I have a source in India that has delivered the first part of a large order of major error coins.
I opened the package and I was pleasantly surprised at the quality and size of these coins. Before I ordered these, I took a quick look at the https://numista.org website to see what the overall normal size the coin would be, and thought it was big enough, so I made purchases based on what I knew. I wanted nice clean, well struck major errors that were appealing.
On major error coins, that combination of appealing and multi-struck is not always there. When it comes to buying merchandise, I am EXTREMELY picky. I need to be because the customers and clients I have love the “drama effect”. So, in order to please the end customer, I have to painstakingly approach each purchase and ensure the quality and eye appeal is there.
2003 India One Rupee reverse die cap
This coin appears to have been correctly struck. Upon being struck, it became attached to the reverse die. The coin shows the characteristics of a nice early to mid-stage die cap. It has high side walls which are pretty uniform all the way around the coin. At this point, I cannot determine the amount of potential strikes this capped die did, but it appears to be a moderate amount, hence the high side walls and the deterioration of the initial obverse strike.
Normal coin minting operations – before a capped die occurs
In normal operations, there are two dies, one for each side of the coin. The objective is to feed the proper sized, unstruck planchet onto the anvil die. The planchet should be flat and centered on the anvil die, and it awaits the movement of the hammer die. The hammer die is the one that exerts the pressure in order to make the dies come together with a planchet in the middle. The hammer die squeezes this all together. Then, the hammer die raises up and the planchet, now imprinted with the obverse and reverse die images is ejected out of the die path. Another blank planchet is fed into the striking chamber and the cycle continues.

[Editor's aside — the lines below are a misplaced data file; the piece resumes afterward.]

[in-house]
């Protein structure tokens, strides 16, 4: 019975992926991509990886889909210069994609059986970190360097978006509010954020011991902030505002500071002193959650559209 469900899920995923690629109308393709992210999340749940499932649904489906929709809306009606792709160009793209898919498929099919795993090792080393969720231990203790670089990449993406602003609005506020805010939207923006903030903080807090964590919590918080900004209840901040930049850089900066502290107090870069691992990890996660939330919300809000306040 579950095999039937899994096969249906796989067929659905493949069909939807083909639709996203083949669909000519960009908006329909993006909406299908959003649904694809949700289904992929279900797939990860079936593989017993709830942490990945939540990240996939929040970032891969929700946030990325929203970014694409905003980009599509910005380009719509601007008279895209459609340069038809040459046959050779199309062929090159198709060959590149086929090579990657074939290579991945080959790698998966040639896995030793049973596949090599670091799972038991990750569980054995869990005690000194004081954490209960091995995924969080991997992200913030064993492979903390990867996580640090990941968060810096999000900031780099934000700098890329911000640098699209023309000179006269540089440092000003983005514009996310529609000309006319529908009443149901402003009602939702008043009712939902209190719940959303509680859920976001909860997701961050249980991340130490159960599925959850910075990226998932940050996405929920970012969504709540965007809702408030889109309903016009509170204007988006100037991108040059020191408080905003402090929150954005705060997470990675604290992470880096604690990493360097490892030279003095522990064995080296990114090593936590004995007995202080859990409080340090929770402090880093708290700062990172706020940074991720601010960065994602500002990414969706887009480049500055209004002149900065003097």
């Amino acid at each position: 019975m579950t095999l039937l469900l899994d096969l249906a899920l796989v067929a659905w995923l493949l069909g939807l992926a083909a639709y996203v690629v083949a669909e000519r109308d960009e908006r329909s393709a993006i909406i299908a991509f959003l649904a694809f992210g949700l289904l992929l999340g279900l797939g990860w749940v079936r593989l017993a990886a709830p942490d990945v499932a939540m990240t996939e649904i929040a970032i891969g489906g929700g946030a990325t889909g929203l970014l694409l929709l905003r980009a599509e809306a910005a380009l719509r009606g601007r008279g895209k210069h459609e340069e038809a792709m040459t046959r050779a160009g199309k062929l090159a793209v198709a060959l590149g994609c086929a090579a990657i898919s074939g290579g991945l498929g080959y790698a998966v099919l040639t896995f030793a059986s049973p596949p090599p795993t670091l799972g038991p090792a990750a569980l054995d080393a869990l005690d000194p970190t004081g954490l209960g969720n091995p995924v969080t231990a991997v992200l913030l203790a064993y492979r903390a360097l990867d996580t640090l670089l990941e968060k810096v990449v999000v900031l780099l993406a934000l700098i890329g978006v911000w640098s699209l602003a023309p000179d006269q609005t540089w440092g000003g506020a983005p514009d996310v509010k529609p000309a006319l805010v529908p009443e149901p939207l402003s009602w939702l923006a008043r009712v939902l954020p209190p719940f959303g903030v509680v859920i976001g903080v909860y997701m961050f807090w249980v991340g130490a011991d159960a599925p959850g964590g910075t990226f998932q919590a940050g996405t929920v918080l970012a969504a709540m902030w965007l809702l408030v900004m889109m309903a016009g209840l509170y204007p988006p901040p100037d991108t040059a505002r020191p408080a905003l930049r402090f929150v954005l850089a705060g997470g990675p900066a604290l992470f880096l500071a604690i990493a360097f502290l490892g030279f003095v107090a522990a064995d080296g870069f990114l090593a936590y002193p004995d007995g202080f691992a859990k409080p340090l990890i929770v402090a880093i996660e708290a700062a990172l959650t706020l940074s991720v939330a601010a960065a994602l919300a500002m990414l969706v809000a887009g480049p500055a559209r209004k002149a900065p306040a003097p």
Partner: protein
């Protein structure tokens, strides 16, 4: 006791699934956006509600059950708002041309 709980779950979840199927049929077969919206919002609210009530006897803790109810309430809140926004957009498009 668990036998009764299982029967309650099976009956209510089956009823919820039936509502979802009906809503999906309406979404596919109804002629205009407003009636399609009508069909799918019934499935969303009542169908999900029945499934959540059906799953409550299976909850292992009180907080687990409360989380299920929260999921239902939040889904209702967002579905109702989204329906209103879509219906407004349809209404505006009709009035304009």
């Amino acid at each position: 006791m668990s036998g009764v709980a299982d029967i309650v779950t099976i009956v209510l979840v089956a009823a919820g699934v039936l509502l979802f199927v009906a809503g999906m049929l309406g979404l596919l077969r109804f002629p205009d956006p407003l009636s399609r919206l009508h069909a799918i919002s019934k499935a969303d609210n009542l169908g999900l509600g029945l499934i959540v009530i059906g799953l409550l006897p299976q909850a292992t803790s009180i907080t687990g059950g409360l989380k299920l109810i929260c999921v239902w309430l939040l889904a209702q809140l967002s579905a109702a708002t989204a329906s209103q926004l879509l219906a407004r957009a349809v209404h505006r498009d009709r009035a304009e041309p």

An die cap occurs when things don’t go as planned.
There are many ways a die can become capped. Some times this can be explained, sometimes not. You will have to use your logic and imagination to figure out why a particular coin became a die cap. It could be a slightly softer planchet, it could be the dies were given a lttle too much grease in maintenance. It could be the die itself struck the coin too hard and adhered to the die. The possibilities are many.
When a die becomes capped, or covered by a coin, the minting press operates the same. It’s job is to hammer an image onto a planchet. So, when a die is capped, the machine continues. The die that is capped simply does not allow any new planchets to be struck on one side. So, in other words, a minting press with a capped die will produce “one sided” coins, while the other side (the capped die side) will be blank.
If the coin that causes the die cap is pretty solid, there are only two ways it will come off. It will do so many strikes to other potential planchets that the metal becomes thin and brittle. At that point, it will probably fall off, may get struck off center a few times and ejected. The other way die caps are cleared is by human intervention. Some one detects the die cap, they shut down the press, remove the capped die and the process turns normal once again.
2020 India 20 Rupees multiple struck error
The coin below is a major error as well. When I pulled this coin from the mylar, it gave me the impression that the center portion of the coin may try to separate if it is not handled properly. When I adjusted the lighting to take the photos below, the coin was positioned just right and I could easily see seven strikes on this 20 Rupee coin.
For multi-struck coins, like I said at the beginning, it boils down to what you want more of, appeal or strikes? To me, this coin had a balance of both and it is a decent sized coin as well.
Multiple struck coins for one reason or another get trapped within the striking chamber of a coin minting press. Minting presses generally operate at a higher speed, since they have to produce a lot of coins to support the currency for that year. I call them mad jack hammers. The minting presses are fast and will continue to operate even if there is a train wreck of planchets trapped around the striking chamber. Planchets will get struck as many times until they find their way out of the striking chamber. Sometimes a mint official will spot check a press and see an issue, stop the press and clear the debris and multi-struck coins out and the normal process of minting coins can continue.
These major error coins will be on display at coin shows we attend. Some will be for educational use only. A few may be available for purchase. Please feel free to ask us to see one of these errors.